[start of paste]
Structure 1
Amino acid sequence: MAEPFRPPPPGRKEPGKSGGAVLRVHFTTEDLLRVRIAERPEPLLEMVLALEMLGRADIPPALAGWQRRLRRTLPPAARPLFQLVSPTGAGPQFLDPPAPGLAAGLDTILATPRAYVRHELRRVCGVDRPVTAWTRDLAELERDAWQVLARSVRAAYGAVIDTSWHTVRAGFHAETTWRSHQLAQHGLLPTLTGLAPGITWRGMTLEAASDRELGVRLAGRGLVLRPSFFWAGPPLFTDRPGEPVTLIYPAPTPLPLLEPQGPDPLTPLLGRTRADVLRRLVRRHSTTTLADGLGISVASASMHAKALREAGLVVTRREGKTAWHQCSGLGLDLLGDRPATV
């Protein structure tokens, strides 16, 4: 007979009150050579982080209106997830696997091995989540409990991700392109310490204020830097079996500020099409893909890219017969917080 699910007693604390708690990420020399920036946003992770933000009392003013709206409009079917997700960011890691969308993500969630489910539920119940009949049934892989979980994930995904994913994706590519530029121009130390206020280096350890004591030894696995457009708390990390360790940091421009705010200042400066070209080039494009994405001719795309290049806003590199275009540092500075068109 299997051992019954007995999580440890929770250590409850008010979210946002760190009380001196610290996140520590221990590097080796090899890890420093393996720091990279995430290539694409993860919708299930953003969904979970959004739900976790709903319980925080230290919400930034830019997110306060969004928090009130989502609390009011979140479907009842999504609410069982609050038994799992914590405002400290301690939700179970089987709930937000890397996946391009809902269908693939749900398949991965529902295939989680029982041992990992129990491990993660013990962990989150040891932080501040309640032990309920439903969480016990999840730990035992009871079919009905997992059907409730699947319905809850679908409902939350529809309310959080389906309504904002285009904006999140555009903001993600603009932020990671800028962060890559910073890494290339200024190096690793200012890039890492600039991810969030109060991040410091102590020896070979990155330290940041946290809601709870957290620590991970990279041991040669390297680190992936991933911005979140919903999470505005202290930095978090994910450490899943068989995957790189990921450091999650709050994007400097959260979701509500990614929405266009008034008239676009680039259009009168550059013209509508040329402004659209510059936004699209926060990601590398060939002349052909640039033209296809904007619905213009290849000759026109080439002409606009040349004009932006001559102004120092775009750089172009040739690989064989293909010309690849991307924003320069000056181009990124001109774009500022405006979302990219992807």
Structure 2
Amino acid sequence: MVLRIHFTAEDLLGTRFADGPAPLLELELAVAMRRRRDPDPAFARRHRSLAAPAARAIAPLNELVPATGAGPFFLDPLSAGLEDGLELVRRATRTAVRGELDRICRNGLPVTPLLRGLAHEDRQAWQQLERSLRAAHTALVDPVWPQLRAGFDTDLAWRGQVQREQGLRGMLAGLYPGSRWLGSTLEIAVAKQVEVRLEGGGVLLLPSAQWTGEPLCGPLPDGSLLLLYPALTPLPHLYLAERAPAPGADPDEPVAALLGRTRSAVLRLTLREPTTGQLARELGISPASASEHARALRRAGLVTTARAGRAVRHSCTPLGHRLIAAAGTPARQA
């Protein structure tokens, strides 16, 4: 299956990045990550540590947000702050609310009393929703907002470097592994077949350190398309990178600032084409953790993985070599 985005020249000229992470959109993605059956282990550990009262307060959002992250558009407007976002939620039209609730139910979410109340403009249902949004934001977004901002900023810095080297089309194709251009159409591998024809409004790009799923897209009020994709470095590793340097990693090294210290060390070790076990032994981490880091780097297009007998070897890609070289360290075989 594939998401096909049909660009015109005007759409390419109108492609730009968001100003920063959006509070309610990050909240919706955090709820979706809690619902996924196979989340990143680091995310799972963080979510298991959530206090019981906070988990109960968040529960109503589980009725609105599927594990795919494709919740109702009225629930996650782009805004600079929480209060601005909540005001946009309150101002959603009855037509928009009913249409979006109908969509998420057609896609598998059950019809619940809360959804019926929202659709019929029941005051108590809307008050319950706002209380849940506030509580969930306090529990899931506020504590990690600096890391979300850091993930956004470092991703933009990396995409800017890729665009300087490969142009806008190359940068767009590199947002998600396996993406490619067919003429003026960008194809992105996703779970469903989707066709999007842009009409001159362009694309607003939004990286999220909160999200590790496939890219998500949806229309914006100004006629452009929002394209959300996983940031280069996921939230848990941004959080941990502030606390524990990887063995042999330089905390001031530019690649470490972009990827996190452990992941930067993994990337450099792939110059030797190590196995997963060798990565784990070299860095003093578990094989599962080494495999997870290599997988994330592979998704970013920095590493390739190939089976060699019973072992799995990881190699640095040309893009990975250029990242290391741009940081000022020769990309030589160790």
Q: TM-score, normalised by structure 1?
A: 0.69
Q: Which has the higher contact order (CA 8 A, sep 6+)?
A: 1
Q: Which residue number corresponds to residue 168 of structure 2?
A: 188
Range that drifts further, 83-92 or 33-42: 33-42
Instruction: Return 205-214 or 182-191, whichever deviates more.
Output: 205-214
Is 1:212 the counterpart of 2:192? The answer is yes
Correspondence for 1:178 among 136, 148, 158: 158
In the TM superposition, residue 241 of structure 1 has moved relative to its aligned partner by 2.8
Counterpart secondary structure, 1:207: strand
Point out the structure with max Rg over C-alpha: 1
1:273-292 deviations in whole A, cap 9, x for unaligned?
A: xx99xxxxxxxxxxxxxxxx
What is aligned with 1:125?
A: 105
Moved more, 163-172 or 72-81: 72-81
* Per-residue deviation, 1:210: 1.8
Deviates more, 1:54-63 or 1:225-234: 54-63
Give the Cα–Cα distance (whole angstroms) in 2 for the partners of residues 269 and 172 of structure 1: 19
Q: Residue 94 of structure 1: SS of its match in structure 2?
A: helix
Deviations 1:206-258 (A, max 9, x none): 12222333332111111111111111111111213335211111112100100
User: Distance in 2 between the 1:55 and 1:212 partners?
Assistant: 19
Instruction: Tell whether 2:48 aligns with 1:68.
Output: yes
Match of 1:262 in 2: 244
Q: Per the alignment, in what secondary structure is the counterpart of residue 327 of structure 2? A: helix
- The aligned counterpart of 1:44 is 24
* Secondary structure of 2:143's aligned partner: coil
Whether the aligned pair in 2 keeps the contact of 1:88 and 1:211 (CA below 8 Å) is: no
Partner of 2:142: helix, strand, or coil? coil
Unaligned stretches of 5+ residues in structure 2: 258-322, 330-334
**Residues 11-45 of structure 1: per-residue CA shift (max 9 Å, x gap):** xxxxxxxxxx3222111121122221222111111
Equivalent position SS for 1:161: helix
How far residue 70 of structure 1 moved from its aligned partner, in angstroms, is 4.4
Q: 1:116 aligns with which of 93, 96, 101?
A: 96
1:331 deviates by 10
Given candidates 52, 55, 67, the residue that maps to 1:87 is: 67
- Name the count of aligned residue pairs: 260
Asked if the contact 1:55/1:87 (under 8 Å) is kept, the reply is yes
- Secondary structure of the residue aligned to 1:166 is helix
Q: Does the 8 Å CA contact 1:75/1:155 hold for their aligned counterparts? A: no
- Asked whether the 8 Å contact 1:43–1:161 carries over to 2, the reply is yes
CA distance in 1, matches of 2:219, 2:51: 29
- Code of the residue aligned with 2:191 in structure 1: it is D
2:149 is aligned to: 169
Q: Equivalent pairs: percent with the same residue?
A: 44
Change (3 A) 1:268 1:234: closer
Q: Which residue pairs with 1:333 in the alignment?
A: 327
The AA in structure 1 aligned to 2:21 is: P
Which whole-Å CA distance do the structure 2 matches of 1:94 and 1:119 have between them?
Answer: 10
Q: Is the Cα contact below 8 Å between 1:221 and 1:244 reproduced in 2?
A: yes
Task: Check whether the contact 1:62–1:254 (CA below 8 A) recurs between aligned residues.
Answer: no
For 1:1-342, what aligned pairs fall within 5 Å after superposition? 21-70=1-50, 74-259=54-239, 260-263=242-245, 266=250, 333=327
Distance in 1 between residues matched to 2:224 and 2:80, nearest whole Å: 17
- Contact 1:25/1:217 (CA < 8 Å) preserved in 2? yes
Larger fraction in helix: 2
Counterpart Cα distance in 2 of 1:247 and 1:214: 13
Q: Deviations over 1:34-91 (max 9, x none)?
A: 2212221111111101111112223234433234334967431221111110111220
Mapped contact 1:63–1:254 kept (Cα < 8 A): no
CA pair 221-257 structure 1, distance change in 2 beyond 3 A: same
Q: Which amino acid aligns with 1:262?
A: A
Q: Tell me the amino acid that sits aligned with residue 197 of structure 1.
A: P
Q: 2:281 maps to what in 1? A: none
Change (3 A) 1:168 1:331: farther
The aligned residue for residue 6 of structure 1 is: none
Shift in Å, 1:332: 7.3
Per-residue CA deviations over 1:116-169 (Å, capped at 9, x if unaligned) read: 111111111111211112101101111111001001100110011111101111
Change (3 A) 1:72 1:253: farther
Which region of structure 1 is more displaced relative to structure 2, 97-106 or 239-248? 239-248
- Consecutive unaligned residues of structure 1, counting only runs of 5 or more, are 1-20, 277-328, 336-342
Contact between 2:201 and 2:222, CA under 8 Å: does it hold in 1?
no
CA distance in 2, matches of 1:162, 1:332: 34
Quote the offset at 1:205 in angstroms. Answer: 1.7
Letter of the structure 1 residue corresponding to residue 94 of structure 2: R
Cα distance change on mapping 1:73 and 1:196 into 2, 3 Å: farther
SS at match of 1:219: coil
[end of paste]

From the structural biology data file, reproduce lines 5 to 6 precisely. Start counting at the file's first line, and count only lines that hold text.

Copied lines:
Amino acid sequence: MVLRIHFTAEDLLGTRFADGPAPLLELELAVAMRRRRDPDPAFARRHRSLAAPAARAIAPLNELVPATGAGPFFLDPLSAGLEDGLELVRRATRTAVRGELDRICRNGLPVTPLLRGLAHEDRQAWQQLERSLRAAHTALVDPVWPQLRAGFDTDLAWRGQVQREQGLRGMLAGLYPGSRWLGSTLEIAVAKQVEVRLEGGGVLLLPSAQWTGEPLCGPLPDGSLLLLYPALTPLPHLYLAERAPAPGADPDEPVAALLGRTRSAVLRLTLREPTTGQLARELGISPASASEHARALRRAGLVTTARAGRAVRHSCTPLGHRLIAAAGTPARQA
């Protein structure tokens, strides 16, 4: 299956990045990550540590947000702050609310009393929703907002470097592994077949350190398309990178600032084409953790993985070599 985005020249000229992470959109993605059956282990550990009262307060959002992250558009407007976002939620039209609730139910979410109340403009249902949004934001977004901002900023810095080297089309194709251009159409591998024809409004790009799923897209009020994709470095590793340097990693090294210290060390070790076990032994981490880091780097297009007998070897890609070289360290075989 594939998401096909049909660009015109005007759409390419109108492609730009968001100003920063959006509070309610990050909240919706955090709820979706809690619902996924196979989340990143680091995310799972963080979510298991959530206090019981906070988990109960968040529960109503589980009725609105599927594990795919494709919740109702009225629930996650782009805004600079929480209060601005909540005001946009309150101002959603009855037509928009009913249409979006109908969509998420057609896609598998059950019809619940809360959804019926929202659709019929029941005051108590809307008050319950706002209380849940506030509580969930306090529990899931506020504590990690600096890391979300850091993930956004470092991703933009990396995409800017890729665009300087490969142009806008190359940068767009590199947002998600396996993406490619067919003429003026960008194809992105996703779970469903989707066709999007842009009409001159362009694309607003939004990286999220909160999200590790496939890219998500949806229309914006100004006629452009929002394209959300996983940031280069996921939230848990941004959080941990502030606390524990990887063995042999330089905390001031530019690649470490972009990827996190452990992941930067993994990337450099792939110059030797190590196995997963060798990565784990070299860095003093578990094989599962080494495999997870290599997988994330592979998704970013920095590493390739190939089976060699019973072992799995990881190699640095040309893009990975250029990242290391741009940081000022020769990309030589160790």